Technique and Conservation
As Vermeer left behind no drawings or preliminary studies, our information about his artistic process can only be gleaned from the paintings themselves. In this regard, The Art of Painting is particularly valuable for it depicts an artist at work. Not only does it demonstrate that an artist sat rather than stood at his easel, it also shows that he used his mahlstick to steady his hand while painting. Having already covered his canvas with a light gray ground and indicated his composition with white lines, probably chalk, the artist applies flat, unmodulated strokes of color as the underlying tones for the laurel wreath crowning his model's head. At a later stage a variety of glazes and small highlights would model the form.
Technical examinations of Vermeer's paintings have, indeed, shown that he often followed this procedure. Sometimes it appears that he changed his mind during the painting process and made adjustments even after he had blocked in compositional elements, including figures, maps, chairs, and musical instruments. Surprisingly, however, in this large and complex scene not a single compositional change has been discovered, either through microscopic analysis, infrared photography, or x-radiography. Such compositional assurance seems to indicate that Vermeer had worked out his composition beforehand, perhaps with a careful preliminary drawing that he transferred onto his large canvas.
Whether or not he was inspired by the optical and spatial effects of the camera obscura, he organized and structured his painting with careful attention to the laws of linear perspective. As seems to have been his standard process, he marked his vanishing point, which is just below the black finial of the pole weighting the map, with a pin. Evidence of the pinhole is still visible on the painting. Strings would then have been attached to the pin to mark the orthogonals of the tiles and table edge. Despite these careful preparations, Vermeer adapted his perspective to enhance the dramatic impact of the scene. To emphasize the artist's central importance within the allegory, Vermeer painted him at a disproportionately large scale: standing, the artist would tower over his model. Even though the artist's face is not visible, the viewer senses both the forcefulness of his personality and the intensity of his gaze.
The artist at his easel is executed with broad strokes that match the boldness of the image. The patterns of the black jacket, red hose, white boot hose, and black slippers are almost abstract in their crisp renderings of light and shadow. At the rear of the room, however, Vermeer has described forms with more attention to light and textural effects. The nuances of light falling across Clio's hands, face, and robe convey the softness of her skin, the smoothness of the leather-bound folio she holds, and the sheen of the blue fabric. Vermeer similarly recorded the worn surface of the wall map as light models its form and reflects its aged appearance. Finally, in one of the most striking passages found in any of his works, he captured the brilliance of sunlight reflecting off the polished surface of the brass chandelier. With sure strokes that range from thick impastos of lead-tin yellow in the highlights to darker and thinner strokes of ocher in the shadows, Vermeer created the illusion of an object that seems almost tangible.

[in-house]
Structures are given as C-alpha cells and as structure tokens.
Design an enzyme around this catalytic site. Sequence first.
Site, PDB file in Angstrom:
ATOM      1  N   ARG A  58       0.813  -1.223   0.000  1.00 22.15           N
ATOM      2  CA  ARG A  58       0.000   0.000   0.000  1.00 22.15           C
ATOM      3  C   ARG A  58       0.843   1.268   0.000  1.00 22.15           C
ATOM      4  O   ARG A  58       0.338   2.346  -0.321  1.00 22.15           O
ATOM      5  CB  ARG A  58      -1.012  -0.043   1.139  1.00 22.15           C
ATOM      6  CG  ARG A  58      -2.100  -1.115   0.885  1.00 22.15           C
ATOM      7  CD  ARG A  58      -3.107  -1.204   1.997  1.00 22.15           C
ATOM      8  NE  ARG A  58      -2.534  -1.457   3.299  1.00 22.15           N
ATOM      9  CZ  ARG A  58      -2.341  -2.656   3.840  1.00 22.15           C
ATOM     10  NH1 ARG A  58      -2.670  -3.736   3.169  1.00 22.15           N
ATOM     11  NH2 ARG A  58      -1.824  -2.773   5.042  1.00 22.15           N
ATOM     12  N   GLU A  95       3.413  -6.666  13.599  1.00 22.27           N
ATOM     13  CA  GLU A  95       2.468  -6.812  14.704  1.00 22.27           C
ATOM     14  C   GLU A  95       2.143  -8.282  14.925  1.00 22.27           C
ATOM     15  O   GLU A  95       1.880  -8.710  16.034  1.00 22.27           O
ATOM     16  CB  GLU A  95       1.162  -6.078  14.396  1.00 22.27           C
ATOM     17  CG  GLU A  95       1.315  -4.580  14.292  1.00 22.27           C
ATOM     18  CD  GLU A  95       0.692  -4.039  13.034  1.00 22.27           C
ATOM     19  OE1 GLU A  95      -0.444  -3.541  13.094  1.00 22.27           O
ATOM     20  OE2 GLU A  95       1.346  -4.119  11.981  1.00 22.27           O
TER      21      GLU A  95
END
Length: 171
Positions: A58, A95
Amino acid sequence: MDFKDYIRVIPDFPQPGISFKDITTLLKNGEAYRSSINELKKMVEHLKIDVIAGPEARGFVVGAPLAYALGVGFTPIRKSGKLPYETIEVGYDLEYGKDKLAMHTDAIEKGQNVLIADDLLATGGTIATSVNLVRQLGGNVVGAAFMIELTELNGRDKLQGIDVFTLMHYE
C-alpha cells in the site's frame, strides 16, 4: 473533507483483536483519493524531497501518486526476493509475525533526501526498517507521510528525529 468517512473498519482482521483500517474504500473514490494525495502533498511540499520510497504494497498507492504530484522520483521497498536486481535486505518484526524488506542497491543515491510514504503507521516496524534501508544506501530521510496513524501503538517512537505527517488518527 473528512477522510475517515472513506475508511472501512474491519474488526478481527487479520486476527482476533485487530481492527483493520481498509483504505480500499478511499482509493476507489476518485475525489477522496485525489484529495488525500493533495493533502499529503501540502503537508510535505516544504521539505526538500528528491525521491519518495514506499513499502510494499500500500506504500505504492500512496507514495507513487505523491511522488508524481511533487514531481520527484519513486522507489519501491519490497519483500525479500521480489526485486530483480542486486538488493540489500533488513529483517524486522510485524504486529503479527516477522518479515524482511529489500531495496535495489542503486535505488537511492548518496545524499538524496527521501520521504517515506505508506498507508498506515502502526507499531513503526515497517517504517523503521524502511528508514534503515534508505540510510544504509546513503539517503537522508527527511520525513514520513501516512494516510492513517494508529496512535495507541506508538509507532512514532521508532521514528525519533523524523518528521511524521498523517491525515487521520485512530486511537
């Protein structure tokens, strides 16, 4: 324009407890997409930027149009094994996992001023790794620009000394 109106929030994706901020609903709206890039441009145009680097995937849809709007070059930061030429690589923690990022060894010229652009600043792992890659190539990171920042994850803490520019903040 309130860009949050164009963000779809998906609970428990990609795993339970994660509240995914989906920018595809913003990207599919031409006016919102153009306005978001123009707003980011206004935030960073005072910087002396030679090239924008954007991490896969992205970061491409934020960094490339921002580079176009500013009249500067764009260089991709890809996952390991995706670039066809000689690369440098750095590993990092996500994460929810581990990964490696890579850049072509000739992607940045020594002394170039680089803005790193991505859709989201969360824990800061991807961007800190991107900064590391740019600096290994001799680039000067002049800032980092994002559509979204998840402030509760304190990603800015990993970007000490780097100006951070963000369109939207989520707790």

These qualities of light and color are far more vivid today than before the recent conservation efforts undertaken by Hubert Dietrich at the Kunsthistorisches Museum. The motivation for the conservation, however, was not primarily aesthetic. Careful examination of the painting prior to the Vermeer exhibition in 1995 revealed severe weaknesses in the paint structure, which could only be corrected by painstakingly cautious treatment over the course of a number of years.
The structural problems apparently arose because of certain peculiarities in the binding medium that Vermeer used when mixing his paints. Analytical examinations determined that the medium was a mixture of oil and protein, often in different concentrations. Perhaps because of this mixed medium, changes in temperature and humidity, as well as earlier restorations in which harsh, alkaline solvents were used, helped create a network of fine cracks throughout the upper paint layers, particularly in the whites. Oil varnishes applied over the years had seeped into these cracks, and, in some instances, had loosened the paint when they expanded upon drying.
Due to the instability of the paint surface, conservation work had to be carried out slowly, with the help of a stereomicroscope. Indeed, a special pliable membrane was devised by Werner Jütte of Vienna to hold the paint layer in place under light suction while the painting was being consolidated. Also, as the old (but not original) stretcher had warped slightly, it was adapted to bring the painting back into plane. The yellowed varnish was reduced and the discolored inpainting that had disfigured the surface removed. As a result of this treatment, the painting is not only secure but also luminous, glowing again with the special light that Vermeer infused into his scenes.
|Preface||Art and History||The Painting's Afterlife|
|Vermeer of Delft||Painting and Illusionism||Bibliography|
|The Art of Painting||Technique and Conservation||Related Resources|